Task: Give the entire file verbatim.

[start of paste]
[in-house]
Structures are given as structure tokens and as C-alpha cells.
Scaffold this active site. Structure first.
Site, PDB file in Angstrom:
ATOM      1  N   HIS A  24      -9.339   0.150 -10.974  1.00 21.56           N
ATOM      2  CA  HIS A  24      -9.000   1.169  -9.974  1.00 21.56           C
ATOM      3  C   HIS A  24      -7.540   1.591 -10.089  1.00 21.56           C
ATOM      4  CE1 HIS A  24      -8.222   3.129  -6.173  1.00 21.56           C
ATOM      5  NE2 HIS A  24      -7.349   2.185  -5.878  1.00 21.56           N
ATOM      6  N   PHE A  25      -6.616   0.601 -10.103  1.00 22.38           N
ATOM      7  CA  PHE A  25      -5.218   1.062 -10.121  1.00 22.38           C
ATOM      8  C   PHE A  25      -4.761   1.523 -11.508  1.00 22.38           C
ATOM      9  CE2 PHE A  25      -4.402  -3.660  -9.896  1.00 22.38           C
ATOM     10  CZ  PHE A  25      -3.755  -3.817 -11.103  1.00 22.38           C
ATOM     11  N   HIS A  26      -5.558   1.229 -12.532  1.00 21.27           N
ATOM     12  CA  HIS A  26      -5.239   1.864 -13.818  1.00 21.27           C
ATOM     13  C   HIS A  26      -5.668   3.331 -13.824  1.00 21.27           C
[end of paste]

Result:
[in-house]
Structures are given as structure tokens and as C-alpha cells.
Scaffold this active site. Structure first.
Site, PDB file in Angstrom:
ATOM      1  N   HIS A  24      -9.339   0.150 -10.974  1.00 21.56           N
ATOM      2  CA  HIS A  24      -9.000   1.169  -9.974  1.00 21.56           C
ATOM      3  C   HIS A  24      -7.540   1.591 -10.089  1.00 21.56           C
ATOM      4  CE1 HIS A  24      -8.222   3.129  -6.173  1.00 21.56           C
ATOM      5  NE2 HIS A  24      -7.349   2.185  -5.878  1.00 21.56           N
ATOM      6  N   PHE A  25      -6.616   0.601 -10.103  1.00 22.38           N
ATOM      7  CA  PHE A  25      -5.218   1.062 -10.121  1.00 22.38           C
ATOM      8  C   PHE A  25      -4.761   1.523 -11.508  1.00 22.38           C
ATOM      9  CE2 PHE A  25      -4.402  -3.660  -9.896  1.00 22.38           C
ATOM     10  CZ  PHE A  25      -3.755  -3.817 -11.103  1.00 22.38           C
ATOM     11  N   HIS A  26      -5.558   1.229 -12.532  1.00 21.27           N
ATOM     12  CA  HIS A  26      -5.239   1.864 -13.818  1.00 21.27           C
ATOM     13  C   HIS A  26      -5.668   3.331 -13.824  1.00 21.27           C